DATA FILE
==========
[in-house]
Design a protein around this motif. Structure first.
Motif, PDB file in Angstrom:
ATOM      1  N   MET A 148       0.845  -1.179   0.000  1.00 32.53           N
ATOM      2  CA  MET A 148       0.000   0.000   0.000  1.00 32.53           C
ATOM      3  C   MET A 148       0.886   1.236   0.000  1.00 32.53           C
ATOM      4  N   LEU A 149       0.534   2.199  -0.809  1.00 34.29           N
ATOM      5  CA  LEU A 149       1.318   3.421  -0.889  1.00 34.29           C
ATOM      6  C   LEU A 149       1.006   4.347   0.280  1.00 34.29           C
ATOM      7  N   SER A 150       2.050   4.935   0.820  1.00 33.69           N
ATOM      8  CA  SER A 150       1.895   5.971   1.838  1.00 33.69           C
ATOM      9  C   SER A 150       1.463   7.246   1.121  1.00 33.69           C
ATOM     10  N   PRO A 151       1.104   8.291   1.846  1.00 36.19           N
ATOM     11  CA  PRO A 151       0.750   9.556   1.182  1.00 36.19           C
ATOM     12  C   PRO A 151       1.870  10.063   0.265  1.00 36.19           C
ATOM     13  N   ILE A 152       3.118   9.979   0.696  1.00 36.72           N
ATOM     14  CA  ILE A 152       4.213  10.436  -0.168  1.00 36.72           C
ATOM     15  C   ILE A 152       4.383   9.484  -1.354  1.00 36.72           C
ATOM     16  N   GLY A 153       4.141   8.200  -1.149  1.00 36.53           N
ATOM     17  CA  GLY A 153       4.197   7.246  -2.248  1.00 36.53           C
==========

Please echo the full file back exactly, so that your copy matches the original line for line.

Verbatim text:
[in-house]
Design a protein around this motif. Structure first.
Motif, PDB file in Angstrom:
ATOM      1  N   MET A 148       0.845  -1.179   0.000  1.00 32.53           N
ATOM      2  CA  MET A 148       0.000   0.000   0.000  1.00 32.53           C
ATOM      3  C   MET A 148       0.886   1.236   0.000  1.00 32.53           C
ATOM      4  N   LEU A 149       0.534   2.199  -0.809  1.00 34.29           N
ATOM      5  CA  LEU A 149       1.318   3.421  -0.889  1.00 34.29           C
ATOM      6  C   LEU A 149       1.006   4.347   0.280  1.00 34.29           C
ATOM      7  N   SER A 150       2.050   4.935   0.820  1.00 33.69           N
ATOM      8  CA  SER A 150       1.895   5.971   1.838  1.00 33.69           C
ATOM      9  C   SER A 150       1.463   7.246   1.121  1.00 33.69           C
ATOM     10  N   PRO A 151       1.104   8.291   1.846  1.00 36.19           N
ATOM     11  CA  PRO A 151       0.750   9.556   1.182  1.00 36.19           C
ATOM     12  C   PRO A 151       1.870  10.063   0.265  1.00 36.19           C
ATOM     13  N   ILE A 152       3.118   9.979   0.696  1.00 36.72           N
ATOM     14  CA  ILE A 152       4.213  10.436  -0.168  1.00 36.72           C
ATOM     15  C   ILE A 152       4.383   9.484  -1.354  1.00 36.72           C
ATOM     16  N   GLY A 153       4.141   8.200  -1.149  1.00 36.53           N
ATOM     17  CA  GLY A 153       4.197   7.246  -2.248  1.00 36.53           C